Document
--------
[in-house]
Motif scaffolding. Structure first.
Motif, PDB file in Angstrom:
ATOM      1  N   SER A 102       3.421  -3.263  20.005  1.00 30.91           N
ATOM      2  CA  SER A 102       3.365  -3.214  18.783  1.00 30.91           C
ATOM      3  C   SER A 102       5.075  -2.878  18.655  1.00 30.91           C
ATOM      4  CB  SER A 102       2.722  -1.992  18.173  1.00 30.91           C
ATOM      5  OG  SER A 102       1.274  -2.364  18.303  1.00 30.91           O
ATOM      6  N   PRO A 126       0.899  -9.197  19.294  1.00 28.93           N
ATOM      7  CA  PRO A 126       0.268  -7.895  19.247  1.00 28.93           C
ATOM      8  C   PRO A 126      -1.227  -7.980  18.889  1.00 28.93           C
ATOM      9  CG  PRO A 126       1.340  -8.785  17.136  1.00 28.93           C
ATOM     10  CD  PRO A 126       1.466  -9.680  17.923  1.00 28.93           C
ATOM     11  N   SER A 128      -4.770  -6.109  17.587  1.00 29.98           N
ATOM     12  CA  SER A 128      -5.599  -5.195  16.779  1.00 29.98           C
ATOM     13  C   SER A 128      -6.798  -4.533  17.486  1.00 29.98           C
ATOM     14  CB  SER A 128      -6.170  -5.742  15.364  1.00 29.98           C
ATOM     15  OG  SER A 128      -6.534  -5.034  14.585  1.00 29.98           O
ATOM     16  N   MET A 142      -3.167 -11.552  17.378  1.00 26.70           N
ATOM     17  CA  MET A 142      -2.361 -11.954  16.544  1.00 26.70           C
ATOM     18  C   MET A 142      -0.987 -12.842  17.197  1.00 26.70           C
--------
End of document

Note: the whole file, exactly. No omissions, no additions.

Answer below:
[in-house]
Motif scaffolding. Structure first.
Motif, PDB file in Angstrom:
ATOM      1  N   SER A 102       3.421  -3.263  20.005  1.00 30.91           N
ATOM      2  CA  SER A 102       3.365  -3.214  18.783  1.00 30.91           C
ATOM      3  C   SER A 102       5.075  -2.878  18.655  1.00 30.91           C
ATOM      4  CB  SER A 102       2.722  -1.992  18.173  1.00 30.91           C
ATOM      5  OG  SER A 102       1.274  -2.364  18.303  1.00 30.91           O
ATOM      6  N   PRO A 126       0.899  -9.197  19.294  1.00 28.93           N
ATOM      7  CA  PRO A 126       0.268  -7.895  19.247  1.00 28.93           C
ATOM      8  C   PRO A 126      -1.227  -7.980  18.889  1.00 28.93           C
ATOM      9  CG  PRO A 126       1.340  -8.785  17.136  1.00 28.93           C
ATOM     10  CD  PRO A 126       1.466  -9.680  17.923  1.00 28.93           C
ATOM     11  N   SER A 128      -4.770  -6.109  17.587  1.00 29.98           N
ATOM     12  CA  SER A 128      -5.599  -5.195  16.779  1.00 29.98           C
ATOM     13  C   SER A 128      -6.798  -4.533  17.486  1.00 29.98           C
ATOM     14  CB  SER A 128      -6.170  -5.742  15.364  1.00 29.98           C
ATOM     15  OG  SER A 128      -6.534  -5.034  14.585  1.00 29.98           O
ATOM     16  N   MET A 142      -3.167 -11.552  17.378  1.00 26.70           N
ATOM     17  CA  MET A 142      -2.361 -11.954  16.544  1.00 26.70           C
ATOM     18  C   MET A 142      -0.987 -12.842  17.197  1.00 26.70           C